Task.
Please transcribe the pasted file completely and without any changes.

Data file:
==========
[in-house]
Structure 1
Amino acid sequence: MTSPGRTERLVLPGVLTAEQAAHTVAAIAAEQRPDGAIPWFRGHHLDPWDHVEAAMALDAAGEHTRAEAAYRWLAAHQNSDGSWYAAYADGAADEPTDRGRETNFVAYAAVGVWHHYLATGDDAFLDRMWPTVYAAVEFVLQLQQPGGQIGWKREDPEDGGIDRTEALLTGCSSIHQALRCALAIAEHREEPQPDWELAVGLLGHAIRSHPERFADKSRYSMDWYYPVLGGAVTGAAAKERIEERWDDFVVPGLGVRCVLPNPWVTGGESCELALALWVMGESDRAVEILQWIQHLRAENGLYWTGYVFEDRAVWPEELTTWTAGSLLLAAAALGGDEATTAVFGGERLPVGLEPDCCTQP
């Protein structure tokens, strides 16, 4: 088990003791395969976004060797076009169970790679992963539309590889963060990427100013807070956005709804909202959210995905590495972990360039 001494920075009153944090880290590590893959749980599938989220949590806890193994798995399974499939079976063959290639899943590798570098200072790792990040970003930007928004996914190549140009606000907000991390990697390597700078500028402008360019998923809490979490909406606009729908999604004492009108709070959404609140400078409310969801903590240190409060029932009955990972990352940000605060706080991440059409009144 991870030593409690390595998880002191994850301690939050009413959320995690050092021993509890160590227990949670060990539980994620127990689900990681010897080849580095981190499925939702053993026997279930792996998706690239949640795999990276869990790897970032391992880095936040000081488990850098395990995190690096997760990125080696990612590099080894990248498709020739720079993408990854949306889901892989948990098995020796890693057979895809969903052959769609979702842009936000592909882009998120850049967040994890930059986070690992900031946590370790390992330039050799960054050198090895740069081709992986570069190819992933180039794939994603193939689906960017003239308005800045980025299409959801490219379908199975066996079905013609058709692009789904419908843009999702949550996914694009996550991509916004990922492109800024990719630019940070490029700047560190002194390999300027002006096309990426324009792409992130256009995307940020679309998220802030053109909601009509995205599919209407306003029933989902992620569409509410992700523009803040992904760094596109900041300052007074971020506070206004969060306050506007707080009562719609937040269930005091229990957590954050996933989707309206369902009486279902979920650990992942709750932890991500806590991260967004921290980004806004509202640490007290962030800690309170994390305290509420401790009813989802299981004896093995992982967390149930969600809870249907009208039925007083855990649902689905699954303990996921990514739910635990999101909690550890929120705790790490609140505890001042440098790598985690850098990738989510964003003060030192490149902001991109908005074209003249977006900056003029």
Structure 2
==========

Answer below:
[in-house]
Structure 1
Amino acid sequence: MTSPGRTERLVLPGVLTAEQAAHTVAAIAAEQRPDGAIPWFRGHHLDPWDHVEAAMALDAAGEHTRAEAAYRWLAAHQNSDGSWYAAYADGAADEPTDRGRETNFVAYAAVGVWHHYLATGDDAFLDRMWPTVYAAVEFVLQLQQPGGQIGWKREDPEDGGIDRTEALLTGCSSIHQALRCALAIAEHREEPQPDWELAVGLLGHAIRSHPERFADKSRYSMDWYYPVLGGAVTGAAAKERIEERWDDFVVPGLGVRCVLPNPWVTGGESCELALALWVMGESDRAVEILQWIQHLRAENGLYWTGYVFEDRAVWPEELTTWTAGSLLLAAAALGGDEATTAVFGGERLPVGLEPDCCTQP
């Protein structure tokens, strides 16, 4: 088990003791395969976004060797076009169970790679992963539309590889963060990427100013807070956005709804909202959210995905590495972990360039 001494920075009153944090880290590590893959749980599938989220949590806890193994798995399974499939079976063959290639899943590798570098200072790792990040970003930007928004996914190549140009606000907000991390990697390597700078500028402008360019998923809490979490909406606009729908999604004492009108709070959404609140400078409310969801903590240190409060029932009955990972990352940000605060706080991440059409009144 991870030593409690390595998880002191994850301690939050009413959320995690050092021993509890160590227990949670060990539980994620127990689900990681010897080849580095981190499925939702053993026997279930792996998706690239949640795999990276869990790897970032391992880095936040000081488990850098395990995190690096997760990125080696990612590099080894990248498709020739720079993408990854949306889901892989948990098995020796890693057979895809969903052959769609979702842009936000592909882009998120850049967040994890930059986070690992900031946590370790390992330039050799960054050198090895740069081709992986570069190819992933180039794939994603193939689906960017003239308005800045980025299409959801490219379908199975066996079905013609058709692009789904419908843009999702949550996914694009996550991509916004990922492109800024990719630019940070490029700047560190002194390999300027002006096309990426324009792409992130256009995307940020679309998220802030053109909601009509995205599919209407306003029933989902992620569409509410992700523009803040992904760094596109900041300052007074971020506070206004969060306050506007707080009562719609937040269930005091229990957590954050996933989707309206369902009486279902979920650990992942709750932890991500806590991260967004921290980004806004509202640490007290962030800690309170994390305290509420401790009813989802299981004896093995992982967390149930969600809870249907009208039925007083855990649902689905699954303990996921990514739910635990999101909690550890929120705790790490609140505890001042440098790598985690850098990738989510964003003060030192490149902001991109908005074209003249977006900056003029």
Structure 2